Maximillian’s Sunflower

Updated: Jul 7



By Debbie Roland and Emmy Ulmschneider, Master Gardeners


Maximiian’s Sunflower, Helianthus maximiliani, is a showy plant, towering above other vegetation when blooming in mid-fall. It likes full sun and dry to medium conditions. It has distinctive folding leaves without as many teeth on the edges like other species of sunflowers.


This sunflower is a branching perennial reaching 2’ to 8’ in height. Because of its height, it can be used as a hedge or screen. The tall stems and leaves, which can reach 12” long on large plants, are covered in rough hairs.


Unlike its cousin, the annual sunflower which spreads only through seeds, Maximilian sunflower also spreads through rhizomes and may spread vigorously. So plan on a larger area to grow them in. Old stems can be removed at the end of the season and plants can be thinned every three years to maintain their spread.


Indigenous peoples used this plant for food, oil, dye and fiber. Although we tend to think of the seeds as the only edible part, the rootlets could be cooked and enjoyed like the sun choke from another sunflower, the Jerusalem artichoke. And you too can enjoy the highly nutritious seeds for snacks or a special treat.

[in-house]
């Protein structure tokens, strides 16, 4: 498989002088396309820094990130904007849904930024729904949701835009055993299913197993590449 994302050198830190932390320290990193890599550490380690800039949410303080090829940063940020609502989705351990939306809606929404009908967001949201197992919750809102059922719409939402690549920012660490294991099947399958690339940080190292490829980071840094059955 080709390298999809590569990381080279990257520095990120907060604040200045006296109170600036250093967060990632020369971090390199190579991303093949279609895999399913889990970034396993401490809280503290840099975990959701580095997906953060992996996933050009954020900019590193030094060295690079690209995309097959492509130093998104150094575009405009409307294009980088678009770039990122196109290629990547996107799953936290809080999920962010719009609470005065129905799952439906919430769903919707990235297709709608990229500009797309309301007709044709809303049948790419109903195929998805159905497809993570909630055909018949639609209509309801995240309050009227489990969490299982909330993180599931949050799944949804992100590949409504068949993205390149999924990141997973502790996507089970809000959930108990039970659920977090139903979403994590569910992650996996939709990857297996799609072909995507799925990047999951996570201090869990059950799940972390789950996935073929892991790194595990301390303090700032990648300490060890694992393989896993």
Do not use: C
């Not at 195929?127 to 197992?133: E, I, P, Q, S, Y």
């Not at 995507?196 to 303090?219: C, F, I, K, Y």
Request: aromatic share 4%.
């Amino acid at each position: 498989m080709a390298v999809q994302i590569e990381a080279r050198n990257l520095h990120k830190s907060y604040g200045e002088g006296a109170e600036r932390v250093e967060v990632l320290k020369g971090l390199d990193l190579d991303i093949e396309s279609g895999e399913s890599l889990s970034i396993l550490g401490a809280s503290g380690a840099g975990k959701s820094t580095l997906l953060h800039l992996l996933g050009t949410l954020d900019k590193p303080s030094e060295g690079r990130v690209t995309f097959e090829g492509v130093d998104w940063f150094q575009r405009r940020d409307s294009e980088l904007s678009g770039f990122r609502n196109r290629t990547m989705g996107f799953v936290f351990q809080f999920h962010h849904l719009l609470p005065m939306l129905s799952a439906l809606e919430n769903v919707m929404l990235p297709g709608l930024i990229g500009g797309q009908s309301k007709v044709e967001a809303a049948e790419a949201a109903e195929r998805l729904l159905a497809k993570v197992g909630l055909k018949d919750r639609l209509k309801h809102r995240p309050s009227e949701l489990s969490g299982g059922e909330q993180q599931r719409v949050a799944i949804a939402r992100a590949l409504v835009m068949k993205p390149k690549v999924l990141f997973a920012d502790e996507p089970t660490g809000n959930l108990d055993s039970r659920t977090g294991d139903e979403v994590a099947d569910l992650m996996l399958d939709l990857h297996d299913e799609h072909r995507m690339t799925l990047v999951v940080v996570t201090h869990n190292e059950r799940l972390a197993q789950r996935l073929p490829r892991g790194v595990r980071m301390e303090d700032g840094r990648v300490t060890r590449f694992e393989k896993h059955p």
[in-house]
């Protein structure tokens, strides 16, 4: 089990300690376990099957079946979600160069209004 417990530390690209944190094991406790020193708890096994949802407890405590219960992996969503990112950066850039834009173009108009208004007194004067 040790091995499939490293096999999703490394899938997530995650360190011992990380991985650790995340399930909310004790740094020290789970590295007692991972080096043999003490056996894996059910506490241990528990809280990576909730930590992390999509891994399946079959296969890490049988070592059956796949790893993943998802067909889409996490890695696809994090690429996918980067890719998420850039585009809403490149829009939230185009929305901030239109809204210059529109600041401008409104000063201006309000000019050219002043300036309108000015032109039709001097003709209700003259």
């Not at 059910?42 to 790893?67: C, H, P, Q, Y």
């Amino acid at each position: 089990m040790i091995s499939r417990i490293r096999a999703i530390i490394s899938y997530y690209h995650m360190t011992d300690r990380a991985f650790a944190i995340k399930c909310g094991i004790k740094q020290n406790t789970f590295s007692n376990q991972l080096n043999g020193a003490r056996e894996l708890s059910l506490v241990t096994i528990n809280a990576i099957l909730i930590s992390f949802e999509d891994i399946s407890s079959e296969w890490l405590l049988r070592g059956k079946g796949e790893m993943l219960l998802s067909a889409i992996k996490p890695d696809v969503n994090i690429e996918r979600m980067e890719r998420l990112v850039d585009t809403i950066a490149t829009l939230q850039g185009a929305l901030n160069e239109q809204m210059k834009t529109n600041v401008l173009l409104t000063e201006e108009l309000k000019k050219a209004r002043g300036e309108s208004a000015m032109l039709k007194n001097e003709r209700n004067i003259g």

This plant is worth planting in an urban perennial garden, wildflower meadow or pollinator garden since it attracts bees, butterflies and moths. Sunflowers in general are pollinator superstars: they are tall and easily visible, their large discs make an easy landing pad and they provide abundant sources of nectar and pollen. And, if pollinated, the abundant sunflower seeds will feed birds and other urban wildlife all winter long. The plant itself is a desirable range plant for livestock.


Sunflowers originated in North America and were brought to Spain in 1510. From there they spread widely and by 1835 the first commercial sunflower plantation was cultivated in the Ukraine. Many of the sunflower cultivars we grow in our gardens today originated in Russia. Maxiilian’s Sunflower though has another European connection. The genus name comes from the species name and honors German Prince Maximilian Alexander Philip von Wied-Neuwied. In 1832-1834 Prince Maximilian explored parts of the American West and collected plants, including the one that bears his name.


If you want a plant that can give you a nutritious snack, engage your mind and delight your eye, then this is the plant for you.

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